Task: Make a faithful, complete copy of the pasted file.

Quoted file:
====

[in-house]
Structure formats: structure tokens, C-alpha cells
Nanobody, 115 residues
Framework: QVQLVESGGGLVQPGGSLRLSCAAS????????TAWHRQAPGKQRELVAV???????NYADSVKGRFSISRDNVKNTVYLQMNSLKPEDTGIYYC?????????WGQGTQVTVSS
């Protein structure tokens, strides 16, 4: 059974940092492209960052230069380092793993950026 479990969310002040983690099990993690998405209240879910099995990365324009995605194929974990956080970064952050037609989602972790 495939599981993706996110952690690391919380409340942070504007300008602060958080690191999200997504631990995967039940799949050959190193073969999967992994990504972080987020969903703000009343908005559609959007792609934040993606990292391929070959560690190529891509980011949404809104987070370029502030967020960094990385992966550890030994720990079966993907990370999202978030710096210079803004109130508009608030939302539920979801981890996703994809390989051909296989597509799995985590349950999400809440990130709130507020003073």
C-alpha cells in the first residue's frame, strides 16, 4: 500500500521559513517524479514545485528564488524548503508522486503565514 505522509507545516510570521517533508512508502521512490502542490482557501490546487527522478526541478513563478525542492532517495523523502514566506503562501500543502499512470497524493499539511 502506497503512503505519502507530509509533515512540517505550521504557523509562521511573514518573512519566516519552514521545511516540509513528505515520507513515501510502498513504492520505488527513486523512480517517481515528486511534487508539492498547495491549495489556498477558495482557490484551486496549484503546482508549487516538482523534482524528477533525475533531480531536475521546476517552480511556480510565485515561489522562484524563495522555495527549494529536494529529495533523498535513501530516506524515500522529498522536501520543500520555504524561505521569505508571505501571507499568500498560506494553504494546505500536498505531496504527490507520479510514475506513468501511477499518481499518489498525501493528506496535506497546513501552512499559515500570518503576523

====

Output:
[in-house]
Structure formats: structure tokens, C-alpha cells
Nanobody, 115 residues
Framework: QVQLVESGGGLVQPGGSLRLSCAAS????????TAWHRQAPGKQRELVAV???????NYADSVKGRFSISRDNVKNTVYLQMNSLKPEDTGIYYC?????????WGQGTQVTVSS
């Protein structure tokens, strides 16, 4: 059974940092492209960052230069380092793993950026 479990969310002040983690099990993690998405209240879910099995990365324009995605194929974990956080970064952050037609989602972790 495939599981993706996110952690690391919380409340942070504007300008602060958080690191999200997504631990995967039940799949050959190193073969999967992994990504972080987020969903703000009343908005559609959007792609934040993606990292391929070959560690190529891509980011949404809104987070370029502030967020960094990385992966550890030994720990079966993907990370999202978030710096210079803004109130508009608030939302539920979801981890996703994809390989051909296989597509799995985590349950999400809440990130709130507020003073």
C-alpha cells in the first residue's frame, strides 16, 4: 500500500521559513517524479514545485528564488524548503508522486503565514 505522509507545516510570521517533508512508502521512490502542490482557501490546487527522478526541478513563478525542492532517495523523502514566506503562501500543502499512470497524493499539511 502506497503512503505519502507530509509533515512540517505550521504557523509562521511573514518573512519566516519552514521545511516540509513528505515520507513515501510502498513504492520505488527513486523512480517517481515528486511534487508539492498547495491549495489556498477558495482557490484551486496549484503546482508549487516538482523534482524528477533525475533531480531536475521546476517552480511556480510565485515561489522562484524563495522555495527549494529536494529529495533523498535513501530516506524515500522529498522536501520543500520555504524561505521569505508571505501571507499568500498560506494553504494546505500536498505531496504527490507520479510514475506513468501511477499518481499518489498525501493528506496535506497546513501552512499559515500570518503576523